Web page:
A thief broke into my neighbor’s garage, opened the car and took anything portable. The neighbor let my wife know. My wife connected the break-in with thefts in another neighborhood.
She became afraid, even though we live in a pretty safe neighborhood.
She has her 100,000-year-old brain to thank for her fear.
Psychologists for decades have described different systems of thought. One is newer, more rational and reasoned, more deliberate and evidence-based. It is Reason, as Dan Gardner describes in his book “The Science of Fear.”
The other, Feeling, is that ancient brain. It’s “as fast as lightning,” Gardner writes, the system that relies on some example or other in our brains to trigger emotion. It helped our ancestors avoid being eaten.
The old brain causes us to ignore and deny even the steadiest set of facts.
Feeling trumps Reason.
Go figure: There is a landfill worth of facts that confirm that, yes indeed, Barack Obama was born in the U.S. of A. Logically, the debate has been over for years. Yet five of the top six articles listed on my Google search “Obama birth certificate” had headlines from the past six months still asserting a conspiracy. It defies Reason.
In an extraordinary series of editorials this month, the Los Angeles Times described how President Trump, a king of distortions and conspiracy theories, uses fear to his advantage:
“Though he is neither terribly articulate nor a seasoned politician, he has a remarkable instinct for discerning which conspiracy theories in which quasi-news source, or which of his own inner musings, will turn into ratings gold. He targets the darkness, anger and insecurity that hide in each of us and harnesses them for his own purposes.”
What’s a fact-based industry supposed to do?
Individuals and organizations that understand the risk to democracy in a world without shared facts are working on answers. Example: In a call for prototypes last month, the Knight Foundation wrote this as a central question: “How might we improve the flow of accurate information?”
Sounds like a good goal. I hope it produces some cool ideas. But there’s information everywhere, much of it on the accurate side of the equation, despite the pandemic of news about fake news.
Perhaps the better question is: How might we improve the flow of emotion so people might be more amenable to facts?
We’ve tried to turn the tide of distrust of the press. It hasn’t worked. The decline in trust predates Twitter. And Facebook. And even the introduction of the internet.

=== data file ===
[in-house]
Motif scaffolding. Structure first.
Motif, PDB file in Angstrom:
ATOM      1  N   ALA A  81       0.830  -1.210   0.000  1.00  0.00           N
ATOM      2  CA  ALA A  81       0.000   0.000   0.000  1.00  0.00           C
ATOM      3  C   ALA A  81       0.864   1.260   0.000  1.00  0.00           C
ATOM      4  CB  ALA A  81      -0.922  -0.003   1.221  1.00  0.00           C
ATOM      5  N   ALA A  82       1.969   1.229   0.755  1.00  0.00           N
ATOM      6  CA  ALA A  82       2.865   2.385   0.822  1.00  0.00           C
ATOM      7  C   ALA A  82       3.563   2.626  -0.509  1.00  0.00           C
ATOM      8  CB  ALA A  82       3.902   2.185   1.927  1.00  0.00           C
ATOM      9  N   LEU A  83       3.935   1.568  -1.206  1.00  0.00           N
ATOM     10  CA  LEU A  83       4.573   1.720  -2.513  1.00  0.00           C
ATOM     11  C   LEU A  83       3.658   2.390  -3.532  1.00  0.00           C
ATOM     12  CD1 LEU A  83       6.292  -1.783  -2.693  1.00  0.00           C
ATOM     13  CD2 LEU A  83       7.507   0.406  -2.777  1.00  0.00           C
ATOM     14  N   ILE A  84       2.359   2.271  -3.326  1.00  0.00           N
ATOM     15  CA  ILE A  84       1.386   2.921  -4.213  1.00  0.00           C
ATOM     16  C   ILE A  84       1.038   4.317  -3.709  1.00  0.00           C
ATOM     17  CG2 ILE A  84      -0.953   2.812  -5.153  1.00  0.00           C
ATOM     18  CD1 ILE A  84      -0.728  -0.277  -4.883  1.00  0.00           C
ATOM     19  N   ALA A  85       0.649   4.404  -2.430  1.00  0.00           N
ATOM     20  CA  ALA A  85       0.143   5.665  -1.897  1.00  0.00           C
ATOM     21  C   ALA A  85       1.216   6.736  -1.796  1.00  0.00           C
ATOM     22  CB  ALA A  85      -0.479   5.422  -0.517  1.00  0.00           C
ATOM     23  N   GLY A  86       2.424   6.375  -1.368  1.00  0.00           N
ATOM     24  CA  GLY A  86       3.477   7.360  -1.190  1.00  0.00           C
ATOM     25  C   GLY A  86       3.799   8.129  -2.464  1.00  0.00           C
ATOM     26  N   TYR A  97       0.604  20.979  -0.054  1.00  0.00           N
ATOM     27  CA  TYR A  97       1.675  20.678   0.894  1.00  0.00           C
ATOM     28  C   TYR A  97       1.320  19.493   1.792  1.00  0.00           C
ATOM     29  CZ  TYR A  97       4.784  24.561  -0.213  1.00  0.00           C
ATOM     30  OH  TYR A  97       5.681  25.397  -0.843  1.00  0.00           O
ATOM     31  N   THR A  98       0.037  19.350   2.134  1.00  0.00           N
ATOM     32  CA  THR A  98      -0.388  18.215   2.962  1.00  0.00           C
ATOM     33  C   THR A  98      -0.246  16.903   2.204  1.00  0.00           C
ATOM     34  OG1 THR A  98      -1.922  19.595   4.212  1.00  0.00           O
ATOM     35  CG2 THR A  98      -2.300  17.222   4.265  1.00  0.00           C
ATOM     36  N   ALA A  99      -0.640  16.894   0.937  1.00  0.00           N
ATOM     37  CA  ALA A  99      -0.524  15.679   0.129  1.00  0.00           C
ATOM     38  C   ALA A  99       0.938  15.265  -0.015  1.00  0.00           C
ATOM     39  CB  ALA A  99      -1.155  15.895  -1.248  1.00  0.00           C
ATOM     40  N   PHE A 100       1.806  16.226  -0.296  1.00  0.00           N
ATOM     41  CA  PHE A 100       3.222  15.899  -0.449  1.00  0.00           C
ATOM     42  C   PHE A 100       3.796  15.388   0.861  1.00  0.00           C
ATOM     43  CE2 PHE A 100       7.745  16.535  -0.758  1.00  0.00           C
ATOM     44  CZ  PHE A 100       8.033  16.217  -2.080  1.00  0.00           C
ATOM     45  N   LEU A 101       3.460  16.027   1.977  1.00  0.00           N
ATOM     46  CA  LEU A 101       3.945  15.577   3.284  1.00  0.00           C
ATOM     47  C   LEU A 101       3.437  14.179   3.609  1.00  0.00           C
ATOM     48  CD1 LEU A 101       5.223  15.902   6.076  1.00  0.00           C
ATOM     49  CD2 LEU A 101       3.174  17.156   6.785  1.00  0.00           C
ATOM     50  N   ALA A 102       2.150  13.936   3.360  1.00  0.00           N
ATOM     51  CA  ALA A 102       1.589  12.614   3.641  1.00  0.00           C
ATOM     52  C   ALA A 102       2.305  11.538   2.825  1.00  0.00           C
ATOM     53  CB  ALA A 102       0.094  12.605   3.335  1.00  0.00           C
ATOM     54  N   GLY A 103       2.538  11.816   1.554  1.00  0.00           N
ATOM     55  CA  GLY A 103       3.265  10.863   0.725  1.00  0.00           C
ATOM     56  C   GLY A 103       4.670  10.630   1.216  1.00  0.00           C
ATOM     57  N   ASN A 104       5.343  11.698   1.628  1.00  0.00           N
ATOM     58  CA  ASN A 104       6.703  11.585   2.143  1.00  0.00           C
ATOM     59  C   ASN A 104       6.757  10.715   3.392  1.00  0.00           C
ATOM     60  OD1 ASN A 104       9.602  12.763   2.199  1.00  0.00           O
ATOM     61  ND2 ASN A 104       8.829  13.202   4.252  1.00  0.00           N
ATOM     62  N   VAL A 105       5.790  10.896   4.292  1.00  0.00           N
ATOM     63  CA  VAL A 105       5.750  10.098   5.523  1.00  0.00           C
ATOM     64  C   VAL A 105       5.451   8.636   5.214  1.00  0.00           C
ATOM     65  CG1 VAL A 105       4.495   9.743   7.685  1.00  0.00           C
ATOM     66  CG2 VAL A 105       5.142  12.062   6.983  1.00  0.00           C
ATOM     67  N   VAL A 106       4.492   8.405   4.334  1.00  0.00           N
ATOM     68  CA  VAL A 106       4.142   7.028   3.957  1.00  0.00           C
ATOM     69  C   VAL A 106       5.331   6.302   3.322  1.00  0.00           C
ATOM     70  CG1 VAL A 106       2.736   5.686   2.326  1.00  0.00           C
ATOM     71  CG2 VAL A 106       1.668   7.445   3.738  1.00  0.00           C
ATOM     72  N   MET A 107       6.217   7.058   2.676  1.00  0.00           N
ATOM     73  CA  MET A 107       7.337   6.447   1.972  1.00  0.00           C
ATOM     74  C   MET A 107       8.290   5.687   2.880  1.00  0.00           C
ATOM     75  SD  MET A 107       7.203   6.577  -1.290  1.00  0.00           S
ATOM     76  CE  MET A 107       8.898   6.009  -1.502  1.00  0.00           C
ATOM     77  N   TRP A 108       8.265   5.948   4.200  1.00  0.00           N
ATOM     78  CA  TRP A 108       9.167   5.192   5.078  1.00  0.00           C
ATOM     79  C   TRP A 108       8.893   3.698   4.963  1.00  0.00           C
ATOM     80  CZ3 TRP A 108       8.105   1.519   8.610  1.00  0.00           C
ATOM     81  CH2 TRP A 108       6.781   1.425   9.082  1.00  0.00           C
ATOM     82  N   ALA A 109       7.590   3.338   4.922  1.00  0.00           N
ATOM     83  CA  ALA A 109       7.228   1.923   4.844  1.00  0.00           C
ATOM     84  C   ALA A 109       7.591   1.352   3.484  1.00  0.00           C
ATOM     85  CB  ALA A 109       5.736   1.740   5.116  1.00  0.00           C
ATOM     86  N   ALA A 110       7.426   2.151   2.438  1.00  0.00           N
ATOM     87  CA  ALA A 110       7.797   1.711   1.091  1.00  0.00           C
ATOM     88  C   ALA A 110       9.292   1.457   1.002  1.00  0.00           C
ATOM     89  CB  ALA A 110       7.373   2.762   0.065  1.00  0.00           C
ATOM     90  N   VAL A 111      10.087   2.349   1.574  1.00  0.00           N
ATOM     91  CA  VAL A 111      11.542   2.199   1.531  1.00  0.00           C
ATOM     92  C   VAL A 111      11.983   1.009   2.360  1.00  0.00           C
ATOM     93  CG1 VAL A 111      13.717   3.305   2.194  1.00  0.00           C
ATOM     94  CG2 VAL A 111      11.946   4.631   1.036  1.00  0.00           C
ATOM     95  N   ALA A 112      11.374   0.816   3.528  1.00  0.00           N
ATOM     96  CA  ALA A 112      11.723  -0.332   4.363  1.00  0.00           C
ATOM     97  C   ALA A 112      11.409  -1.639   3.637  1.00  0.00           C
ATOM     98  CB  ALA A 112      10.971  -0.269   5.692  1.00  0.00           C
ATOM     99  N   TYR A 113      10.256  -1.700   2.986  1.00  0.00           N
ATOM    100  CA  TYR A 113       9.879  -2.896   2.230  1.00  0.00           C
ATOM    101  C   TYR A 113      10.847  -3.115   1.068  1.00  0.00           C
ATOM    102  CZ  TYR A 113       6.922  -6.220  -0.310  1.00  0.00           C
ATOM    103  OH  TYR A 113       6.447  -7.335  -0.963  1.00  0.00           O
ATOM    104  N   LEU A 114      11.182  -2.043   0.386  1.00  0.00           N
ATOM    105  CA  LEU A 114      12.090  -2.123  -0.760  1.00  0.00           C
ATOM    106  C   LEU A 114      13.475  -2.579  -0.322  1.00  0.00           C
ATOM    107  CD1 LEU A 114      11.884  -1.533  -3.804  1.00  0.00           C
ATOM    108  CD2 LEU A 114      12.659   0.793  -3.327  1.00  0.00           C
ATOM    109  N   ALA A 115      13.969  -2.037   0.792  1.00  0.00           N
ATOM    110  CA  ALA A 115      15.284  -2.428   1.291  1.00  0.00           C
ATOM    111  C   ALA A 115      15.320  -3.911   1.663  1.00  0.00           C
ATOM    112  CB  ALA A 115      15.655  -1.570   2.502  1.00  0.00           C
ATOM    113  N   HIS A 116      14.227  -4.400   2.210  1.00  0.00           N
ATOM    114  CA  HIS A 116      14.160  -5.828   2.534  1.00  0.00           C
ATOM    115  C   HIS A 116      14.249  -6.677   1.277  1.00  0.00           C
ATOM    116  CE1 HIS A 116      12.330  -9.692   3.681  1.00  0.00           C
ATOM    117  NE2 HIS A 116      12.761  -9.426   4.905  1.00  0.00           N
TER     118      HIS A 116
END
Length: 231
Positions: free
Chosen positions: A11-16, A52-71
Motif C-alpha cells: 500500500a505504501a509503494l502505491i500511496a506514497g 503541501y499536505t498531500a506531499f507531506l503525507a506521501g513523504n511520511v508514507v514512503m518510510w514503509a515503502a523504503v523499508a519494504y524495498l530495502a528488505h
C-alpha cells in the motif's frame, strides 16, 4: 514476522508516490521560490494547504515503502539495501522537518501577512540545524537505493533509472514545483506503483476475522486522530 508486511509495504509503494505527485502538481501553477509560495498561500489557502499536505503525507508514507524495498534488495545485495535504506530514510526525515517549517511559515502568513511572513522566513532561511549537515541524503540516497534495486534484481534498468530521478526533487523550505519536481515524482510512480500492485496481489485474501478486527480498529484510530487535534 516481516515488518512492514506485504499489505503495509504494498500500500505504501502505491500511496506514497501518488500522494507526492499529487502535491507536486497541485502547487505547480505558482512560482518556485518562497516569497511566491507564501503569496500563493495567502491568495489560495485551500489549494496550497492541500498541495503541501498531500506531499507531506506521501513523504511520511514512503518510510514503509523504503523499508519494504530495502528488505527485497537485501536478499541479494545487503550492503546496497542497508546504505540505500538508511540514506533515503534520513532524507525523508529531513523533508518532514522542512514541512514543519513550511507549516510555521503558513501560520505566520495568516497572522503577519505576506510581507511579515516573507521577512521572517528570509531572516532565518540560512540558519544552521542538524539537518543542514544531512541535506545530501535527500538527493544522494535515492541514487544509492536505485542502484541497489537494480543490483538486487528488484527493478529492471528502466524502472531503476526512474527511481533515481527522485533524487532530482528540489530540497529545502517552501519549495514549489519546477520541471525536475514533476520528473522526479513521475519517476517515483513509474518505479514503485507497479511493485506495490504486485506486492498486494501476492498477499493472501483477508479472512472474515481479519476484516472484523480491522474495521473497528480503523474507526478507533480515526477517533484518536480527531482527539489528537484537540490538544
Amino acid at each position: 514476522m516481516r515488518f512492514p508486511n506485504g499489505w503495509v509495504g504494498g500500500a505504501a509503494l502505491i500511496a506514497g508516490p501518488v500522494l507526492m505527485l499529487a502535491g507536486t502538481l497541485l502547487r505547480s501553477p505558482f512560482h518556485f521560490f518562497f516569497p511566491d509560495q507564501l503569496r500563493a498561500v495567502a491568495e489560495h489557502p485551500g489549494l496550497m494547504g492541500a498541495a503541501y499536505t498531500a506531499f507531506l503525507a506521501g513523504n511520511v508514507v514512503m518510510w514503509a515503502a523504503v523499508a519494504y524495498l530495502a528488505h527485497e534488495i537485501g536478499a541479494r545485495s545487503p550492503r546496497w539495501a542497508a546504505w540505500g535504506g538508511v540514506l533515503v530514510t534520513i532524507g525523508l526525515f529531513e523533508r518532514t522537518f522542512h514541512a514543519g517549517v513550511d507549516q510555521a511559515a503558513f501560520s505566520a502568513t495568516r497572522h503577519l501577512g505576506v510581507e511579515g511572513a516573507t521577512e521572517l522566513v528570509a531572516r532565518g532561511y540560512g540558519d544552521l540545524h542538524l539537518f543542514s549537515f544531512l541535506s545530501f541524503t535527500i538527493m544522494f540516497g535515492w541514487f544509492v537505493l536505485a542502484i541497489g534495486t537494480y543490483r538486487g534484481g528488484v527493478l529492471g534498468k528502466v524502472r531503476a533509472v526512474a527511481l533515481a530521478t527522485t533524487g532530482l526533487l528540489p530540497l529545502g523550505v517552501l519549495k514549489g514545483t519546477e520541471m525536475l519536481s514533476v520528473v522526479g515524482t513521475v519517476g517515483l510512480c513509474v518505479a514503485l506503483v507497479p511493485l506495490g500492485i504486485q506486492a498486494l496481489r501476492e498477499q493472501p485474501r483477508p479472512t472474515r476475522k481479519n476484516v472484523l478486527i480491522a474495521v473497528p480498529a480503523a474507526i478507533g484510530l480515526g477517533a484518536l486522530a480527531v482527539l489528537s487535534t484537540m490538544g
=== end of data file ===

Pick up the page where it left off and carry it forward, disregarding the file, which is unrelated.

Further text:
A whopping 32 percent of Americans have confidence in the “mass media to report the news fully, accurately and fairly,” according to the latest Gallup poll. In 1976, 72 percent believed in that statement.
My first job out of J-school was in 1985. The newsroom was fretting about the loss of trust then, too.
There has to be something going on that’s more than the digital revolution. This was an ink and paper problem.
The way our brains tap into news has something to do with it.
Consider Shankar Vedantam’s interview with a cognitive neuroscientist last month on his podcast “The Hidden Brain.” The scientist, Tali Sharot, described what we’ve seen from our politicians and in our common lives: The more firmly held the belief, the less likely a person is to accept any contrary facts.
More information isn’t better. It’s just more.
“Data is not enough,” Sharot said. “And even if the data is based on very good science, it has to be communicated in a way that will really tap into people's needs, their desires.”
It works all ways. So, if you believe in climate change, you’ll reject statistics that run counter to that belief, Sharot found. And vice versa.
Here’s another point Sharot makes that’s worth noting: Fear, which triggers that 100,000-year-old brain, works best in getting people not to do something. “For example, if you try to get someone not to vaccinate their kids, fear may work,” she said. “If there is, you know, an apple that looks bad, I don’t eat it.”
An old boss of mine liked to use the phrase “facts to fight the fear” when he talked about our obligations. He should have said: facts and a little emotion.
Recall the impact of a single photo of a dead 3-year-old in 2015. Here’s how NPR described it at the time:
“The numbers associated with today's migration crisis are huge: 4 million Syrians fleeing their country; 3 million Iraqis displaced. But it was the image of a solitary child — a toddler in a red T-shirt, blue shorts and Velcro sneakers, found face-down on a Turkish beach — that shocked and haunted the world this week.”
Journalists have known the power of emotion for a long time. The best of journalism taps into it through powerful stories of humanity or through deep investigations that produce outrage or wonder.
That’s not most journalism.
We have, for the most part, stuck to our ways, keeping our distance from the public we served, reporting the news in clinical ways that were heavy on facts per column inch but lacking in meaning per inch.
We need to acknowledge that information alone won’t succeed in the fight against fake news. We need to build more intimate relationships with our readers, listeners and viewers. We need to tap into emotion while at the same time retaining our purpose and values.
How do we get there?
MOSQUITO KILLS IOWA WOMAN kinds of headlines are cheap ways, but not sustaining and not consistent with our mission to give people the best available version of the truth at the time.
The first step will be for journalists to understand more deeply the power of emotion on intellect and to engage people, also known as readers/listeners/viewers/experiencers/customers/consumers — citizens, on different levels.
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